John Webber (After), William Byrne (Engraver)

A View at Anamooka

A View at Anamooka by John Webber, William Byrne

Artwork Detail

When Cook’s ships arrived at Nomuka in Tonga a camp was set up on the shore of the harbour where Cook had previously anchored on his second voyage in June 1774. Here they replenished their supplies of food and water, battering with residents and making repairs to the ship. These activities are captured in this lively scene in which the sailors mingle with the inhabitants, and both European and indigenous craft are seen on the shoreline.

Joppien and Smith note that while maintenance of the ships, their supplies and crew were a typical part of each of Cook’s voyages, Webber was the first artist to pay any attention to the depiction of these activities. They write: “Not only at Tonga, but at all major ports of call…Webber observed similar scenes, vignettes of daily life…. By [recording] them ,Webber reflected the expedition as a history-making event in itself…. Webber’s tendency to demonstrate the complexity of action is historical in an eventful and documentary sense but it is also anti-heroic.”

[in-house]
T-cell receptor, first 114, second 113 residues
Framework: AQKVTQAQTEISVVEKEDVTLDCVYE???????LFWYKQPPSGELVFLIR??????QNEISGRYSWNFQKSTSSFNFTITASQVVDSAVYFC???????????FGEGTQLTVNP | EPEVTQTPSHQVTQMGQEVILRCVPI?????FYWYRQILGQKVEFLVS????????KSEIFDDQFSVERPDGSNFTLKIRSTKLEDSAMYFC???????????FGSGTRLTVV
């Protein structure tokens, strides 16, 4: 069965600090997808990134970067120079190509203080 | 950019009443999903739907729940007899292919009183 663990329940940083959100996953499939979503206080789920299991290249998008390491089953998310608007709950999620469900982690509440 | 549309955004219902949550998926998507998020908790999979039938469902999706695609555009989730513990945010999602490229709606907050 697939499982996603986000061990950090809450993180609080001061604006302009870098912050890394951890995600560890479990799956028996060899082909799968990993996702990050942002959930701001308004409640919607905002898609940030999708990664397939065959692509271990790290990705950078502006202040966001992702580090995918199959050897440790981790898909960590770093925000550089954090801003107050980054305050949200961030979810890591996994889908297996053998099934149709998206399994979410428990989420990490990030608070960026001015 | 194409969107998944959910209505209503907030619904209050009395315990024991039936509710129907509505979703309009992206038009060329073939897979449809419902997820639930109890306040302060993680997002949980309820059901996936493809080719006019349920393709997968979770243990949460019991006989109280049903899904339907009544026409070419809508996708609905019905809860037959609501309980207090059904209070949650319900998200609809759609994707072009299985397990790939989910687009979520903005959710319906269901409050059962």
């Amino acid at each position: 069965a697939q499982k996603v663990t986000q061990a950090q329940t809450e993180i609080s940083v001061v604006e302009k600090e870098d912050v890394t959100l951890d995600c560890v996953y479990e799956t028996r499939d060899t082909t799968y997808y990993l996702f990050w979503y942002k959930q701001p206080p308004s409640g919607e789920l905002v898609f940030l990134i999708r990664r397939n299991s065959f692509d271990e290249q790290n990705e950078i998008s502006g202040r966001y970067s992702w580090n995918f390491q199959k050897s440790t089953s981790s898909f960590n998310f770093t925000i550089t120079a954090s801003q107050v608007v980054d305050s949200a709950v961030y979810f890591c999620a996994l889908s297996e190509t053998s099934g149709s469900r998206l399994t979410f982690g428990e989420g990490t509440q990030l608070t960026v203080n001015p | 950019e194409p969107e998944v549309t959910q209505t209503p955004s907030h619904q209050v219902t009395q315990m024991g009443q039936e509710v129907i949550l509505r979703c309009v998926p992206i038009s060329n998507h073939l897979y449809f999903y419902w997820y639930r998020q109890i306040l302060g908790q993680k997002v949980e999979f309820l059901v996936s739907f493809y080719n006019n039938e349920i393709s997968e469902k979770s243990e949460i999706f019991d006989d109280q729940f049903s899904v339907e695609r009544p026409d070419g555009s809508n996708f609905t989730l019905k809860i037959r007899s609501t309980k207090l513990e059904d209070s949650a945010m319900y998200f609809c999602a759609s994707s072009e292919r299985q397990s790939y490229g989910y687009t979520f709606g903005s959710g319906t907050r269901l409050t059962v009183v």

(See J&S Vol. III, Text pp.28-9, Cat. 3.38-3.39A)

A View at Anamooka
John Webber, William Byrne
Production date
engraving on paper
267 x 508 mm
Credit line
Auckland Art Gallery Toi o Tāmaki, purchased 2007
Accession no
No known copyright restrictions
New Zealand Art
Display status
Not on display

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